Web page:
Seitan, wheat meat, or whatever else you call it, is extremely delicious. It’s a great source of plant-based protein, too. But when making your own seitan, it can get be tricky to fine-tune the texture.
Personally, I kept running into this problem where my seitan was turning out rubbery and spongy rather than meaty and firm. Luckily, I figured out what I was doing wrong!
In this article, I’ll share with you the results of my lengthy culinary trials on how to make seitan less spongy. There are six specific tips you can implement. Let’s dive in!
1. You Don’t Need to Knead (as Much).
Seitan is a dough. Like any other dough, kneading determines a lot about the final texture.
As you knead, more gluten develops. This is what gives the seitan a chewy or potentially spongy texture. If you’re going after a more meaty seitan, cut down on the kneading.
I can’t really give you an exact time that you should knead, though. It depends on the exact recipe you’re using. Some recipes suggest 3 minutes while others suggest only 2.
Here’s what I recommend doing: Keep using the same seitan recipe, and gradually decrease the kneading time until you get the perfect texture.
2. Use a Plastic Wrap to Cover the Dough.
After the dough is properly kneaded, don’t rush and put it in the pot right away. Instead, wrap it in plastic wrap and securely tie both its ends (like the video shows below at 55 seconds).
Then, toss it in the pot and let it cook, with the plastic wrap on. Don’t remove the wrap until after the simmering is finished and the seitan is ready to be served. This video shows exactly what I’m talking about:
The plastic wrap will limit the amount of broth penetrating the seitan dough. This way, it’ll maintain the meaty and dense texture.
This also preserves the oval shape of the seitan. This allows you to serve it as beautiful, neat slices. When you do it without the wrap, you’ll end up with more random-looking seitan chunks.
If you’re uncomfortable with using plastic, you can use cheesecloth instead. On the downside, the cheesecloth will be quite harder to clean up after you finish.
Side Note: This is the best free video introduction I’ve found on adopting a plant-based diet—the right way. You’ll learn how to lower your risk of cancer, heart disease, type-2 diabetes, Alzheimer’s, and obesity—all with plants. Watch the free Masterclass here.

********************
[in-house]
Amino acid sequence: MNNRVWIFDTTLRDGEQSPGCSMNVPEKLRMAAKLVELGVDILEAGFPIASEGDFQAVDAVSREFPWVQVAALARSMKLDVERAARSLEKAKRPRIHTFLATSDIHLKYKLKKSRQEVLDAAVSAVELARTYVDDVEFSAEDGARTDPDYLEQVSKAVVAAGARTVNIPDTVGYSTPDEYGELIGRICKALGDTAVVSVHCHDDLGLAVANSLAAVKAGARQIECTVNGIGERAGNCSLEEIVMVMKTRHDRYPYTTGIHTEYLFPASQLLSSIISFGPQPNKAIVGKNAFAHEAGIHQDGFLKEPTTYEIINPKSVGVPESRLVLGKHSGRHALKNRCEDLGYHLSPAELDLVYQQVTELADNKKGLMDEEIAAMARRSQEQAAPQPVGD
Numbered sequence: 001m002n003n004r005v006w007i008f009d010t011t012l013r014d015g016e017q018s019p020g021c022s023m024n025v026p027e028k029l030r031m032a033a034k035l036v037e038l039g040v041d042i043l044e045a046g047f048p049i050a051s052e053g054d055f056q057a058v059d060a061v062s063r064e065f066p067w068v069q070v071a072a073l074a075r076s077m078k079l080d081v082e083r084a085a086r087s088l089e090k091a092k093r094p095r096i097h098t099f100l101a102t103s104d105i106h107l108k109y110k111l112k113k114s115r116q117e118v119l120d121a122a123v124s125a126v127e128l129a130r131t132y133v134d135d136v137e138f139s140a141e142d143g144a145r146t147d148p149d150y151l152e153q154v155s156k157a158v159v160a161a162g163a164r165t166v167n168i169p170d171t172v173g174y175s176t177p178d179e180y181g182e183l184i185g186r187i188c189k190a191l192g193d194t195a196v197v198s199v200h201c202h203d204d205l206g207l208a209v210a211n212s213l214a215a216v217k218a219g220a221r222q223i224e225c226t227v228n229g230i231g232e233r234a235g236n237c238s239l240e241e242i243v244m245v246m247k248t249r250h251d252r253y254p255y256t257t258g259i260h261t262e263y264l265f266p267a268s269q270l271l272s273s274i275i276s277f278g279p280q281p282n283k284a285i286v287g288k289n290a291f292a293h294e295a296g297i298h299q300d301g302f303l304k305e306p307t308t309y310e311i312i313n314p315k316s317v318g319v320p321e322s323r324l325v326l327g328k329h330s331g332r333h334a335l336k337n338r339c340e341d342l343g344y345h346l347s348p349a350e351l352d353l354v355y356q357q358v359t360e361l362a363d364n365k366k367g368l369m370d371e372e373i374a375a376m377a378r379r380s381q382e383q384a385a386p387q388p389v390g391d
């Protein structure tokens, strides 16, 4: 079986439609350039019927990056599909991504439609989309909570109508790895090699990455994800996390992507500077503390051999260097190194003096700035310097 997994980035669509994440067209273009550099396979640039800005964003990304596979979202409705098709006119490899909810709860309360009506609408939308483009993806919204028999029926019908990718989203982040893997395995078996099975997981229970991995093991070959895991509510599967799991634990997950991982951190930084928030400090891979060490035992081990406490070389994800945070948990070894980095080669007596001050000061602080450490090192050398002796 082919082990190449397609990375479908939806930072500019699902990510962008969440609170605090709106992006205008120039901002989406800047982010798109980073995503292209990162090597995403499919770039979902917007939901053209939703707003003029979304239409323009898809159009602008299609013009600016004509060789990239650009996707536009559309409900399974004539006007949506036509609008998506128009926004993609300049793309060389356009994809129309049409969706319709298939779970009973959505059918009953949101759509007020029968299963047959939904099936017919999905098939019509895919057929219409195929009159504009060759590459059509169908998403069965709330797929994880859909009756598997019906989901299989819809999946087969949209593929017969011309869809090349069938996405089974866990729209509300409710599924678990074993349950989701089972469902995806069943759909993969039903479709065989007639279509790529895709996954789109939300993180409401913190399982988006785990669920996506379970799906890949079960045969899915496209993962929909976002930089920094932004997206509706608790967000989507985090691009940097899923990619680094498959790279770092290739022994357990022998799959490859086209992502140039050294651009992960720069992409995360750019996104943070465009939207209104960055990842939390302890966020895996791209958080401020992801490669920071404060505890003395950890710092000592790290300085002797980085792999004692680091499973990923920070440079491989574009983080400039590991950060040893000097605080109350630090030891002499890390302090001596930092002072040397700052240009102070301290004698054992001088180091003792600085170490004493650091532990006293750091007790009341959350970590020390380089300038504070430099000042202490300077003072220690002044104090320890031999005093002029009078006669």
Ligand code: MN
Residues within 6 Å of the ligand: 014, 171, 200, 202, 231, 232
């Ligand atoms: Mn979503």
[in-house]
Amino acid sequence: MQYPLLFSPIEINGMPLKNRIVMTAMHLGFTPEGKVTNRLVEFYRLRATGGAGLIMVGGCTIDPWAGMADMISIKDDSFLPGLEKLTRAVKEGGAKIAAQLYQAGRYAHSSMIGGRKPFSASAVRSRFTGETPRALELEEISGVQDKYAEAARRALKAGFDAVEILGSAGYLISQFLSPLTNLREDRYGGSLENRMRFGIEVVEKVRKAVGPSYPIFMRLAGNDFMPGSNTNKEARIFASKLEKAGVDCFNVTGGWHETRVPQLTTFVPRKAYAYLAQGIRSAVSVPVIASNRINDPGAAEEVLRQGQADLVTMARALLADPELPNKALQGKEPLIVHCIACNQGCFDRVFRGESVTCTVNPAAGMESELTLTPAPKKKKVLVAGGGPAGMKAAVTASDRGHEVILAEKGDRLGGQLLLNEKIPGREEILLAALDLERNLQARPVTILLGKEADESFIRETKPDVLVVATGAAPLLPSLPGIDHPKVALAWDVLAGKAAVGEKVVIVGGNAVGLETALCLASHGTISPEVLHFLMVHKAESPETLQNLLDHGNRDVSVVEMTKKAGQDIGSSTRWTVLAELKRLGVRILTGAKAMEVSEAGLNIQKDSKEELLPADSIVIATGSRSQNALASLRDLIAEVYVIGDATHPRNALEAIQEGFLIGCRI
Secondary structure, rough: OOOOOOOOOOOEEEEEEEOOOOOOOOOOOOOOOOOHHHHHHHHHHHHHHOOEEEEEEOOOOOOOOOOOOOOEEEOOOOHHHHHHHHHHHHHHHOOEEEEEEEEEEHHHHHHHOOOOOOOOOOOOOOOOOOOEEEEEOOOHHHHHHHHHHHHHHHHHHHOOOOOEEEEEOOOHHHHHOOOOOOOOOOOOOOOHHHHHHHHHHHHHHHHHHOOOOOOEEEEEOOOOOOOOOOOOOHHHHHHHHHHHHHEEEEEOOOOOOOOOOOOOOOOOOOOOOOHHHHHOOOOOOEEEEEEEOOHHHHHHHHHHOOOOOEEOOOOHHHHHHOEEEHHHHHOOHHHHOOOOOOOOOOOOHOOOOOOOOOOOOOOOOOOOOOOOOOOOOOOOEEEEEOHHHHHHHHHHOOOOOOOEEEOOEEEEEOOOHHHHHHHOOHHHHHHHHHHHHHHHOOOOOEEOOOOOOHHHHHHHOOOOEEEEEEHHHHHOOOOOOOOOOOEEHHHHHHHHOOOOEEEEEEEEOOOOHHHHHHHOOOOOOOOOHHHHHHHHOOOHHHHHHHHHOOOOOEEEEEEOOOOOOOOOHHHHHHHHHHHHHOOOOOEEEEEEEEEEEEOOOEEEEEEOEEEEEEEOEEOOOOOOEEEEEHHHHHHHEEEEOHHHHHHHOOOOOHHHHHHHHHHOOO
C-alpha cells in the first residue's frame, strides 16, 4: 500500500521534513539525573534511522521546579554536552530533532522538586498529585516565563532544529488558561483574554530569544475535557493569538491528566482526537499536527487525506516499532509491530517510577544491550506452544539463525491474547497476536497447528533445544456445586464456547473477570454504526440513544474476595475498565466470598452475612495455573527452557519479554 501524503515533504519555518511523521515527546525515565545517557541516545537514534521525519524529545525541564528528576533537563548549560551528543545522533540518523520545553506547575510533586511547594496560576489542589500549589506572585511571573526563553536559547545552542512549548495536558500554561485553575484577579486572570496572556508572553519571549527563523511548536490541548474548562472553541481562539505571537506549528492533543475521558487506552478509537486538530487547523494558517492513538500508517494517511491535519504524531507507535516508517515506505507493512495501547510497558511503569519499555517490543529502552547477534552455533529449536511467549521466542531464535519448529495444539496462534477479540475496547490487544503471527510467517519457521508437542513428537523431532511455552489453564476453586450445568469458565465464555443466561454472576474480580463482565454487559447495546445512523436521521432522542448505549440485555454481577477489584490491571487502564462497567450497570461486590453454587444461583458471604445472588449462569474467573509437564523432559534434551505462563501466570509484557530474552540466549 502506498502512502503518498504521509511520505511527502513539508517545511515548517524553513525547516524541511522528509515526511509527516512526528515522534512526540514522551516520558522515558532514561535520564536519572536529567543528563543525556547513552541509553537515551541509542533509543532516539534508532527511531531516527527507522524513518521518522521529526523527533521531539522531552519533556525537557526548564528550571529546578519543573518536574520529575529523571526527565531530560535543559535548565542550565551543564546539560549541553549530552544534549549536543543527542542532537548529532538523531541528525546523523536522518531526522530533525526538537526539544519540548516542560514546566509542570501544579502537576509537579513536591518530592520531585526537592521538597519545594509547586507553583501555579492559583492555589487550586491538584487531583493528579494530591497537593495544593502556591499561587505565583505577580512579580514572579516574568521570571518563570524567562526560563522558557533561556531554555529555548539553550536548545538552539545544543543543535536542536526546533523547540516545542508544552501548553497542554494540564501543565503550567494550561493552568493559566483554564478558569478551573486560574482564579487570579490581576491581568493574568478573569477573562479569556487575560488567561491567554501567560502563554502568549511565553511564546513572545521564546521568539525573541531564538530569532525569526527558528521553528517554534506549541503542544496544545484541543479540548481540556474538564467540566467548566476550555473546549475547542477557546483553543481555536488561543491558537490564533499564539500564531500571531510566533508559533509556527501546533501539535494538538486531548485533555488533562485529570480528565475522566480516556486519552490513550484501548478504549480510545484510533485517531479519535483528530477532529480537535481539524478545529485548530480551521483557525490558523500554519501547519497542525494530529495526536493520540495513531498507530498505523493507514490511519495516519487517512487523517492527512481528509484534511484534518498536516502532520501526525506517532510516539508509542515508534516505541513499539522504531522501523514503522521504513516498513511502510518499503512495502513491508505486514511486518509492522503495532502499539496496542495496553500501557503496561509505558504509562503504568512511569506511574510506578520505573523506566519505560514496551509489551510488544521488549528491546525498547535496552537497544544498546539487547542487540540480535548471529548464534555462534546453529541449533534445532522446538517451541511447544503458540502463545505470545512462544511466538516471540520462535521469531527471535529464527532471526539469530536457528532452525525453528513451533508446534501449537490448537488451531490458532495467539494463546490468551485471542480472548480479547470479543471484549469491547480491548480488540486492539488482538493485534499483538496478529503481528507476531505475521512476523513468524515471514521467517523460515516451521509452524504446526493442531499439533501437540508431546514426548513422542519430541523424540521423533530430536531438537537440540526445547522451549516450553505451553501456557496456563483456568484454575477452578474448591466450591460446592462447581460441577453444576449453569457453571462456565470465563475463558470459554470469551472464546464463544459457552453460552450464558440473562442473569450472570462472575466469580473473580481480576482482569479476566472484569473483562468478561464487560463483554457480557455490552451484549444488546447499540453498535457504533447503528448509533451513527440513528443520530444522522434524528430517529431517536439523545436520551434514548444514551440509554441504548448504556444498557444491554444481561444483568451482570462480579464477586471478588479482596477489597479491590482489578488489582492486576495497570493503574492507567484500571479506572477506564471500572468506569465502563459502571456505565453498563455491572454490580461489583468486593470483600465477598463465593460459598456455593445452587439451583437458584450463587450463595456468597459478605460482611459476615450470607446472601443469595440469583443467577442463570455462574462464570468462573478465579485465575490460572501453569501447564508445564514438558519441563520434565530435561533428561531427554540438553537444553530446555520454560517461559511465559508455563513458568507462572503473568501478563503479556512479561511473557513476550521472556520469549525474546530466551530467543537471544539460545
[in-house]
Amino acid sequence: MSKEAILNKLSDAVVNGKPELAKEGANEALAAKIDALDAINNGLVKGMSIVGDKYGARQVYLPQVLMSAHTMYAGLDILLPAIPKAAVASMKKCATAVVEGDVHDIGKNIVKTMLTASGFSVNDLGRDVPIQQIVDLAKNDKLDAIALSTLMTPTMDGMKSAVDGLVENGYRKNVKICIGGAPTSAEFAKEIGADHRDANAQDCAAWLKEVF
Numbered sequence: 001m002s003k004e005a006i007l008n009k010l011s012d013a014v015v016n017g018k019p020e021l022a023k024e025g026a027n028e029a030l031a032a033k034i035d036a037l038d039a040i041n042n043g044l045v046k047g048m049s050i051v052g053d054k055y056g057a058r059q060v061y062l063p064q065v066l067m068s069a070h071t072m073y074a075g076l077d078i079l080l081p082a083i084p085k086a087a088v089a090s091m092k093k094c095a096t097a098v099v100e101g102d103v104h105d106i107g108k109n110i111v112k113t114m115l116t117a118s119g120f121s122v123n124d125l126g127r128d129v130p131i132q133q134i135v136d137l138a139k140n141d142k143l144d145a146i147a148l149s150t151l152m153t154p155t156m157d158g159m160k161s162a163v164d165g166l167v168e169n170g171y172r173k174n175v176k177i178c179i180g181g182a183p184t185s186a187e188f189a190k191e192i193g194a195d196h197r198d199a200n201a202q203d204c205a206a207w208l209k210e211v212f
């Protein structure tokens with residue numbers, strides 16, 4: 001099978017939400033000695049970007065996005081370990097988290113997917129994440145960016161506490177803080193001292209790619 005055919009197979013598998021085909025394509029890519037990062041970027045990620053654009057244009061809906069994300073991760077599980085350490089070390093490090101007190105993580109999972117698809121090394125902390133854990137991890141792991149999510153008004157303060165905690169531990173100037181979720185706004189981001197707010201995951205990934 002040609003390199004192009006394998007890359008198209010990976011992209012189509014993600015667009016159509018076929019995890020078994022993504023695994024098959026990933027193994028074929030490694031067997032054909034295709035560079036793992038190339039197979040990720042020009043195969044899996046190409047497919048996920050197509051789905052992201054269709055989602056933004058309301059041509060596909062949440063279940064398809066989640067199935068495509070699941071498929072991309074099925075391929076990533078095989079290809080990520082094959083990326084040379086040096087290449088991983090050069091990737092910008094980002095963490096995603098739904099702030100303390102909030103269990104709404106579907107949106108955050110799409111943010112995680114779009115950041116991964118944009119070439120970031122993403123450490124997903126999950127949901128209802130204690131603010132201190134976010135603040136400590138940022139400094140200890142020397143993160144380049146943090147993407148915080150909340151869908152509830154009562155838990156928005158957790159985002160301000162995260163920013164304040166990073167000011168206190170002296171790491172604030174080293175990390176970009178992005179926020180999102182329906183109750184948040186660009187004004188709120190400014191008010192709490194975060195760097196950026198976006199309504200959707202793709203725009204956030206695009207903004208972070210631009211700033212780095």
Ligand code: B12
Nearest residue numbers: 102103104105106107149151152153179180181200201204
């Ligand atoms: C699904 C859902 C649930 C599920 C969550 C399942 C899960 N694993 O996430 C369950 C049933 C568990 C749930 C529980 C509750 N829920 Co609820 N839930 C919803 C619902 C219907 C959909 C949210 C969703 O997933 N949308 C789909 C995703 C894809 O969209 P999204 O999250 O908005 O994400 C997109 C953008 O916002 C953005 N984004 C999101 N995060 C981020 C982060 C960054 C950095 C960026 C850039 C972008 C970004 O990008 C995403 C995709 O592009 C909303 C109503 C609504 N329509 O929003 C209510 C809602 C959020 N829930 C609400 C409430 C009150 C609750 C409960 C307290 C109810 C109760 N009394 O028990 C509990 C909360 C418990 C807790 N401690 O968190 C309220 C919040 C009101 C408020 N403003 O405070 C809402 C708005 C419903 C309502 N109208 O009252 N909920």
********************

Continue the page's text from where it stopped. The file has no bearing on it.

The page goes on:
3. Freeze It Before Cooking.
Briefly freezing your raw seitan dough before cooking can hinder the gluten development, which again, can result in a meatier texture.
However, this step may not work for every recipe. Sometimes freezing can separate the ingredients a bit, even if they were thoroughly mixed. So again, try this—some people swear by it—but your results may vary.
I mentioned this in my post “Can You Freeze Seitan?” (Hint: Yes, you can!)
4. Fine-Tune the Simmering.
Alright, now the most challenging part. The broth must cook at the perfect temperature, or else your seitan can get alllll messed up.
Start with boiling the broth as you normally would. Then, gradually turn the heat down until it starts simmering. Your goal is to have no surface disturbance at all. You should just see tiny bubbles coming into the surface.
Vigorous bubbles are bad because they poke large holes into the dough. This will literally give it a spongy texture.
Here’s the tricky part, though: You don’t want to lower the temperature too much, or your seitan won’t cook properly. That can also mess up the texture of your finished seitan.
So find that nice balance: Tiny bubbles—but not a big rolling boil.
5. Wait Before Removing It from the Pot.
After the seitan finishes simmering for about 1 hour, don’t remove it right away. Let it swim in the broth for something like 15 minutes more.
Removing it from hot water directly into cool air can mess up the texture.
Worst of all, with this mistake, it impacts different parts of the seitan unevenly. So you’ll find the exteriors tasting spongy, while the interiors tasting more meaty.
6. Store It for a Day Before Eating.
Many people will tell you that seitan tastes better the next day. And this actually makes sense. Storing gives time for excess water to escape, converting the seitan into more of a dense mass.
Put your seitan in the refrigerator together with its cooled broth to maintain the flavor. After 24 hours, you’re free to eat it cold, fry it, or warm it inside its broth.
Perfect Seitan Texture
Knead it less, wrap it in plastic, freeze it, simmer it, and store for a day. These were my tips on how to make seitan less spongy!
If none of these work… don’t worry. You can still enjoy seitan with the proper meaty texture by getting a pre-cooked seitan from your local store (that’s a link to my guide on where to find seitan).
Then all you have to do is toss the seitan in a pan with your favorite seasonings, let it warm up for a few minutes, and eat up!
Two More Recommendations for Your Plant-Based Journey
1. This is the best free video training I’ve found on plant-based nutrition. You’ll learn how to reduce your risk of cancer, heart disease, type 2 diabetes, Alzheimer’s, and obesity—all with plant-based food. Watch the free “Food for Health Masterclass” here.
2. This is the best vegan multivitamin I’ve found in my 14 years of being vegan. It has vitamin B12, vitamin D, omega-3—and nothing else. Translation: It only has the nutrients vegans are actually low in. Read my full review of Future Kind’s multivitamin here (with 10% discount).